Where predecessor Antonio Conte had favoured a trio of central defenders during his tenure in west London which featured Cesar Azpilicueta, Andreas Christensen and Antonio Rudiger as a back three with accompanying wing backs, Sarri opted to start over.


His favoured back four was implemented but, crucially, Sarri failed to add defensive reinforcements, with the seasoned outcast David Luiz restored to the side in place of the promising but unpolished Christensen.


The back four is clearly a preferred tool in Sarri's approach to more progressive football than was previously seen at Chelsea, but the composition of that defensive quartet has since lacked the required discipline and resolve for the Italian's approach to succeed.

Chris Wood,Andreas Christiensen

By contrast to Mourinho's title success during his first season in charge at the club, Chelsea's current defence lacks any such mirroring of Sarri's image to that which his Portuguese counterpart implemented with great success. 


David Luiz, in particular, was re-signed by the club in 2016 as something of a mercenary recruit in Antonio Conte's last-ditch bid to strengthen his defence after missing out on other targets.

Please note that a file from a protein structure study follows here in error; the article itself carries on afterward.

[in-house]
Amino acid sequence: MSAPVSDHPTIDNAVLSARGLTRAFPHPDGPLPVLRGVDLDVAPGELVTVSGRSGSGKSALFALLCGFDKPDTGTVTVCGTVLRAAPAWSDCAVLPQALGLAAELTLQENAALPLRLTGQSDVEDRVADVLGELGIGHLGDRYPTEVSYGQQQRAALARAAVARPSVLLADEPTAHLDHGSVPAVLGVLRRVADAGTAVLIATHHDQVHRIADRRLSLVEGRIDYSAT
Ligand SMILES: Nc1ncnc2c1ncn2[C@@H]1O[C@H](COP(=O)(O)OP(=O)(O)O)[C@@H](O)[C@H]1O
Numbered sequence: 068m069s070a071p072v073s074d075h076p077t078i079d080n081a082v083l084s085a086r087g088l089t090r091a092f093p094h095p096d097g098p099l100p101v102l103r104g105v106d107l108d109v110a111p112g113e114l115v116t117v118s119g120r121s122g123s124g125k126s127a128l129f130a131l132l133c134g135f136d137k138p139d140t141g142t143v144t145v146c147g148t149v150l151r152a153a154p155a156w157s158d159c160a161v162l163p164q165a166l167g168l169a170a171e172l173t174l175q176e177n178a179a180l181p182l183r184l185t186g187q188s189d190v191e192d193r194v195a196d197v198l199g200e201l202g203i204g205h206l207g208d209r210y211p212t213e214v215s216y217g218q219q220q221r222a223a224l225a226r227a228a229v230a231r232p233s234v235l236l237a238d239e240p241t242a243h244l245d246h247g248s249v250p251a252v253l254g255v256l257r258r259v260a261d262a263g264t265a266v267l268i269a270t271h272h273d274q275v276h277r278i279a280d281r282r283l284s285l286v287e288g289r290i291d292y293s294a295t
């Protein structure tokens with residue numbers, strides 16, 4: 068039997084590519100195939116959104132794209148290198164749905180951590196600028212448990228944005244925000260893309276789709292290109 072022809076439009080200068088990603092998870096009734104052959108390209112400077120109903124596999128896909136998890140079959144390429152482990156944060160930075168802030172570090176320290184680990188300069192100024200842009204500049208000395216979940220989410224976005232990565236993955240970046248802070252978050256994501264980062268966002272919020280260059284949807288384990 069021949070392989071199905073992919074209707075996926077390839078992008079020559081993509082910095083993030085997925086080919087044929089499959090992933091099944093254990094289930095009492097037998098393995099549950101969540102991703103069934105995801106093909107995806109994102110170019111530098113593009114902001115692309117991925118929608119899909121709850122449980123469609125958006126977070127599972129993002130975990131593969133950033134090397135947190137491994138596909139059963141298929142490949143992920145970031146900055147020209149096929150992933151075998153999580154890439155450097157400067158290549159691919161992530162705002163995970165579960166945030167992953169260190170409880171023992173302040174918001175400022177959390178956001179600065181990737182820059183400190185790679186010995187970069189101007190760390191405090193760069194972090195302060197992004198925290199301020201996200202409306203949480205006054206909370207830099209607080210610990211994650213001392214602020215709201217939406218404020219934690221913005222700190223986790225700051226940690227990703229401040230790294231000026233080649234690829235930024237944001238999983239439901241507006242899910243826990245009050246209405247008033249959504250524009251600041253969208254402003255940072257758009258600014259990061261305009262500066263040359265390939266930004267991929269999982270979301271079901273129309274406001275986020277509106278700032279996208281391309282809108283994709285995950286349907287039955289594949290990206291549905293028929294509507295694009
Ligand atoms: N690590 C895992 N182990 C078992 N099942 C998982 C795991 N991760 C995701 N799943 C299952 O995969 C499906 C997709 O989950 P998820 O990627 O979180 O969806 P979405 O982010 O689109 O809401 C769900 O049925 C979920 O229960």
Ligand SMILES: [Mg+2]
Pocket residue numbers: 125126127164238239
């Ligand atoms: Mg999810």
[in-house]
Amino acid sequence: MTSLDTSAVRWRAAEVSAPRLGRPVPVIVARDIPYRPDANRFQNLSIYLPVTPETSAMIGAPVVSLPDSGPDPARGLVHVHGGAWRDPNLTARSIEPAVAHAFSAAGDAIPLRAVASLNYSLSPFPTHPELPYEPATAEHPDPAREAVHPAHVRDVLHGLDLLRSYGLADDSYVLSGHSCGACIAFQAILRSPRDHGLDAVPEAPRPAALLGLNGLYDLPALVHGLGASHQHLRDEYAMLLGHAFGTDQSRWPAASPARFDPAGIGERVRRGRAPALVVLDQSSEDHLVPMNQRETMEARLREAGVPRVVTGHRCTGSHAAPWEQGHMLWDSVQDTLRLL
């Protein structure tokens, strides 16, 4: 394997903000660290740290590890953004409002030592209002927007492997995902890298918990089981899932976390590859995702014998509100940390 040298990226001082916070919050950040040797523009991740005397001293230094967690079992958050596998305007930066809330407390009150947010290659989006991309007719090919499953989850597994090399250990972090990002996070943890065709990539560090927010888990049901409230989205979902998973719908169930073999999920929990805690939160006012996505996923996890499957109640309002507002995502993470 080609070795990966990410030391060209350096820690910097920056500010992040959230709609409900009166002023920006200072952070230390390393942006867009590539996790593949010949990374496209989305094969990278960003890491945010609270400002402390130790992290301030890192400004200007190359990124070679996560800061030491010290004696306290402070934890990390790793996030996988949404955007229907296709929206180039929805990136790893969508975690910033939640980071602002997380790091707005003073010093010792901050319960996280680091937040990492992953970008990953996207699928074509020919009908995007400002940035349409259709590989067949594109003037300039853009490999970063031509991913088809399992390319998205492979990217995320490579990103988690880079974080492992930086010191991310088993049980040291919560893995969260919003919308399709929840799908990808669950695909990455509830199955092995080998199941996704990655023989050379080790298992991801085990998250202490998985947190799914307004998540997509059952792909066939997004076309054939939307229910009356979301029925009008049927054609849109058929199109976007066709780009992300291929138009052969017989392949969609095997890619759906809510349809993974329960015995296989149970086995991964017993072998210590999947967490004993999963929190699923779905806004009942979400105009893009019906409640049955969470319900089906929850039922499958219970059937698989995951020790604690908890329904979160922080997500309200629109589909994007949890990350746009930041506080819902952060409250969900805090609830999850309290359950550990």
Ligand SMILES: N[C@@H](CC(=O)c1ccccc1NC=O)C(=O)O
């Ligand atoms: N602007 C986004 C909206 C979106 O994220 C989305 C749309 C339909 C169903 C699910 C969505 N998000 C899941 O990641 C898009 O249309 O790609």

The Brazilian ultimately fell out of favour under Chelsea's previous head coach, and his restoration to the side this season appeared at first as a sign of Sarri putting his stamp on the team.


Ultimately, it has been proved that Luiz is not a Sarri player in the sense that Kalidou Koulibaly was at Napoli, nor is he a parallel in his ability to lead the Blues' backline in the 'John Terry' position at the heart of a revised back four.


At 32, the Brazilian is no longer a 'blank canvas' of a player who is open to re-moulding, nor does his cavalier approach to defending provide the key to a solid defensive base which is yet to be put in place under Sarri.


Andreas Christensen started the season in a similar position to that which Terry was in during Mourinho's maiden campaign. A young defender who has progressed through Chelsea's youth system, the Danish international has the potential to develop into a real leader in defence.

David Luiz

Luiz is a flamboyant journeyman, but Christensen is full of potential and has the ability to grow into the 'John Terry' mould as the Blues' rock at the back for many years to come, with greater potential, solidity and longevity than Luiz.


Not only that, the 23-year-old has masses of potential which is yet to be fully unlocked, and Sarri's ability to yield the best from the Danish prospect could help the Italian put a more telling stamp on his side.


The recycling of older stars has proven to be an ill-advised move on Sarri's part this season, but with the likes of Christensen and rising star Ethan Ampadu on the books at Chelsea, the Italian has a glaring opportunity to oversee the development of a highly promising crop of young stars.

With Sarri having struggled to fully implement his coaching ideals and yield title-worthy consistency from his side this season, it is time for Chelsea to move on from unsuccessful formulas and focus on developing their stars of the future.